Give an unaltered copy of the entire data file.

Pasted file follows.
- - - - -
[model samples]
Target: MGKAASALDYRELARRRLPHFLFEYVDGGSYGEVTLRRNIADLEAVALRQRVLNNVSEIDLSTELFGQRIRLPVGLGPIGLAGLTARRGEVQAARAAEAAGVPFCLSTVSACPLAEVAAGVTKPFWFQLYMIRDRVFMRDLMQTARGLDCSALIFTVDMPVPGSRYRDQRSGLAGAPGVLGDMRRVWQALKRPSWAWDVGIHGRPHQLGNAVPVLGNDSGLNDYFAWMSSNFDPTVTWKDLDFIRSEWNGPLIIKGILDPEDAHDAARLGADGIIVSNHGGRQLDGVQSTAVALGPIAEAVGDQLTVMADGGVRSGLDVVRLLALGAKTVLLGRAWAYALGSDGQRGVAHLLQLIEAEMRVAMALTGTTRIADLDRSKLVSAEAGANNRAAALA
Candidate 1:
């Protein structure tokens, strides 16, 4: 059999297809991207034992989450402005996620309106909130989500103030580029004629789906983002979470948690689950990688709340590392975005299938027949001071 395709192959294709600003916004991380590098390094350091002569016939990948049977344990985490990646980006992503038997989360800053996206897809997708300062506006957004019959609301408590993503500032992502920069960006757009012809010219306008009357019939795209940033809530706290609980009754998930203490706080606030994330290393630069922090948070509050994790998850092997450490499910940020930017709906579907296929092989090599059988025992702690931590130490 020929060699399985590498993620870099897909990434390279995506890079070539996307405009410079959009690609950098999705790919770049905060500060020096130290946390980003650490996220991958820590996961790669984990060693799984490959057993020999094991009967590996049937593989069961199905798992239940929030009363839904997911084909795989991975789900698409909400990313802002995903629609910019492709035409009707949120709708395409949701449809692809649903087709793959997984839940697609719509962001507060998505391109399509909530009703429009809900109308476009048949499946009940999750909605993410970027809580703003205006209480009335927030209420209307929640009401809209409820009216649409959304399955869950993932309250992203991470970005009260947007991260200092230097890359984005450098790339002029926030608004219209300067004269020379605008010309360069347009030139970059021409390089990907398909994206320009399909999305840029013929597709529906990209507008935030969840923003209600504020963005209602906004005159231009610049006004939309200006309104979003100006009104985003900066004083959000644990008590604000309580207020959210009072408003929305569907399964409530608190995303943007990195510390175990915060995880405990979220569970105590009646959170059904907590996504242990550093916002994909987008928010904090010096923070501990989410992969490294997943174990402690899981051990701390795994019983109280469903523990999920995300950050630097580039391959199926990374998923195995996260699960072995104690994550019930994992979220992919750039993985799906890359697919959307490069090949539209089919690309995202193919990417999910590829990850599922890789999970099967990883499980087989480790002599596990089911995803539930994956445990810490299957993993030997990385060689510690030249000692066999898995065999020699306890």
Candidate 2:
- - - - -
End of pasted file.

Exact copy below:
[model samples]
Target: MGKAASALDYRELARRRLPHFLFEYVDGGSYGEVTLRRNIADLEAVALRQRVLNNVSEIDLSTELFGQRIRLPVGLGPIGLAGLTARRGEVQAARAAEAAGVPFCLSTVSACPLAEVAAGVTKPFWFQLYMIRDRVFMRDLMQTARGLDCSALIFTVDMPVPGSRYRDQRSGLAGAPGVLGDMRRVWQALKRPSWAWDVGIHGRPHQLGNAVPVLGNDSGLNDYFAWMSSNFDPTVTWKDLDFIRSEWNGPLIIKGILDPEDAHDAARLGADGIIVSNHGGRQLDGVQSTAVALGPIAEAVGDQLTVMADGGVRSGLDVVRLLALGAKTVLLGRAWAYALGSDGQRGVAHLLQLIEAEMRVAMALTGTTRIADLDRSKLVSAEAGANNRAAALA
Candidate 1:
């Protein structure tokens, strides 16, 4: 059999297809991207034992989450402005996620309106909130989500103030580029004629789906983002979470948690689950990688709340590392975005299938027949001071 395709192959294709600003916004991380590098390094350091002569016939990948049977344990985490990646980006992503038997989360800053996206897809997708300062506006957004019959609301408590993503500032992502920069960006757009012809010219306008009357019939795209940033809530706290609980009754998930203490706080606030994330290393630069922090948070509050994790998850092997450490499910940020930017709906579907296929092989090599059988025992702690931590130490 020929060699399985590498993620870099897909990434390279995506890079070539996307405009410079959009690609950098999705790919770049905060500060020096130290946390980003650490996220991958820590996961790669984990060693799984490959057993020999094991009967590996049937593989069961199905798992239940929030009363839904997911084909795989991975789900698409909400990313802002995903629609910019492709035409009707949120709708395409949701449809692809649903087709793959997984839940697609719509962001507060998505391109399509909530009703429009809900109308476009048949499946009940999750909605993410970027809580703003205006209480009335927030209420209307929640009401809209409820009216649409959304399955869950993932309250992203991470970005009260947007991260200092230097890359984005450098790339002029926030608004219209300067004269020379605008010309360069347009030139970059021409390089990907398909994206320009399909999305840029013929597709529906990209507008935030969840923003209600504020963005209602906004005159231009610049006004939309200006309104979003100006009104985003900066004083959000644990008590604000309580207020959210009072408003929305569907399964409530608190995303943007990195510390175990915060995880405990979220569970105590009646959170059904907590996504242990550093916002994909987008928010904090010096923070501990989410992969490294997943174990402690899981051990701390795994019983109280469903523990999920995300950050630097580039391959199926990374998923195995996260699960072995104690994550019930994992979220992919750039993985799906890359697919959307490069090949539209089919690309995202193919990417999910590829990850599922890789999970099967990883499980087989480790002599596990089911995803539930994956445990810490299957993993030997990385060689510690030249000692066999898995065999020699306890």
Candidate 2: